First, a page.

The Long History of Memory
An exploration of early modern memory complicates the idea that the period relied on traditions and repetition to understand the past.
Memory is part of being human. How we remember our own past, individually and collectively, seems so natural that it is hard to imagine cultures which value memory differently. However, as Judith Pollmann’s fascinating exploration of memory in early modern Europe demonstrates, memory also has a history.
Pollmann asks: how is early modern memory different and how is it reshaped by the religious and political upheavals of a period when the past was valued intensely? Customary rights, lineage and ancient knowledge shaped identities and communities. Historical scholarship was still founded primarily on chronicles and narratives, but a rich culture of oral transmission also kept past knowledge alive (while frequently transforming it). Though the past was understood as a source of authority and truth, it was neither static nor unchallenged.
New forms and practices – from personal memory texts to commemorative medals – highlight changes in personal as well as cultural relations to the past. Within a wider rhetoric of tradition and continuity, custom ‘was not only used as an elite tool to keep the poor in place, it was simultaneously the best strategy the poor had to defend themselves against unwanted changes’; orally transmitted memories as well as written documents were important here. Commoners could use it to resist new impositions by landowners. For example, in a German dialogue from 1670 a young aristocrat grumbles at the court’s interference with his authority over his subjects: ‘I am not to burden them with any more tasks and loads than they had in the time of my ancestors.’ Yet across the period the authority of the past was in decline, as new political languages focusing on abstract rights emerged – at least in the short term a mixed blessing for those ‘whose social memory told them that custom kept them safe’.
Safety was also an issue for those caught in the wars and persecutions that swept repeatedly across Europe, driving people from their homes and subjecting them to violence and loss. Pollmann’s exploration of the memorial responses to this draws out intriguing differences between then and now. Today we assume that such conflicts need to be remembered, but early modern societies often sought to bury past conflicts in order to move on; an aim formalised in the ‘Acts of Oblivion’, which often followed war or rebellion, intended to neutralise the past and prevent it from demanding action in the present. If memory, in contrast to history, is concerned with the unfinished claims of the past, the act of oblivion demands that such claims be forgotten.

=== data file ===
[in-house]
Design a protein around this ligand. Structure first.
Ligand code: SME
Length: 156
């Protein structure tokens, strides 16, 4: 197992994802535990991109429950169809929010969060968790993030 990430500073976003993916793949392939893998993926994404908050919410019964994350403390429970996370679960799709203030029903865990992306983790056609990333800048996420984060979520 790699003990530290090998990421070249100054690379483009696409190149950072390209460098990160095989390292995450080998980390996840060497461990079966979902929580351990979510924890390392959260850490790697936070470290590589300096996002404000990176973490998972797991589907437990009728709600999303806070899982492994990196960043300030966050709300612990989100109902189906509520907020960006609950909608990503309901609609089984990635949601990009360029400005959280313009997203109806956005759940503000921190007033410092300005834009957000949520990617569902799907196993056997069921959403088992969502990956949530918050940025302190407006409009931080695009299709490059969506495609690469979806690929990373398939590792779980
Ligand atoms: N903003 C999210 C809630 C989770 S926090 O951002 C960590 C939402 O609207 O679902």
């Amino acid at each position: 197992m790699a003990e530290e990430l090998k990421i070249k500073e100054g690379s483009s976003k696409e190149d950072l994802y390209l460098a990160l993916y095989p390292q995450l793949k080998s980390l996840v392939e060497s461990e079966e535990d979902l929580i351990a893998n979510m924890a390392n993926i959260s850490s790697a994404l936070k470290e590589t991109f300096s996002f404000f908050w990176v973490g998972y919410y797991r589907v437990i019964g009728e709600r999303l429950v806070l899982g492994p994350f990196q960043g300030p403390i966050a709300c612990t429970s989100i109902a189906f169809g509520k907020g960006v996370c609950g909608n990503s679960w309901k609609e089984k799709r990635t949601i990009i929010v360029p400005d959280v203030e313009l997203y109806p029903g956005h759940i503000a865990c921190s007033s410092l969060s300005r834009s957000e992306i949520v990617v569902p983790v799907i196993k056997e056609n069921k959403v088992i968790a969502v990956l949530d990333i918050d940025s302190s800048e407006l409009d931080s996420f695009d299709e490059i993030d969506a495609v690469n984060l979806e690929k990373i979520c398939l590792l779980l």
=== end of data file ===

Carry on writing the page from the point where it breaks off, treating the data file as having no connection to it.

This social determination to forget conflict is mirrored at the level of the individual; absent is the idea that to remember is psychologically beneficial. Generally, early modern people seem to have avoided speaking or writing about the aftermath of violence; when they did it was typically framed in relation to providence and spiritual growth. Perhaps, Pollmann suggests, this is ‘because early modern culture struggled to articulate such pain’. Alternatively, we might consider the cultural specificities of formations such as post-traumatic stress disorder and ask whether ‘people may have been more resilient because their belief in providence allowed them to turn evil into something that could somehow be remembered as beneficial’.
Throughout this outstandingly thoughtful, scholarly book, Pollmann balances an awareness of the differences of the past with an alert sense of continuities and of memory as a site of dynamic change. Challenging the tendency in memory studies to flatten out anything before the 19th century into a generic ‘olden days’, in which people followed time-honoured traditions and understood the past by repetition, she demonstrates the flexible and complex ways early modern people mobilised the past to meet the changing needs of their turbulent times.
Memory in Early Modern Europe 1500-1800
Oxford University Press
Katharine Hodgkin is Professor of Cultural History at the University of East London.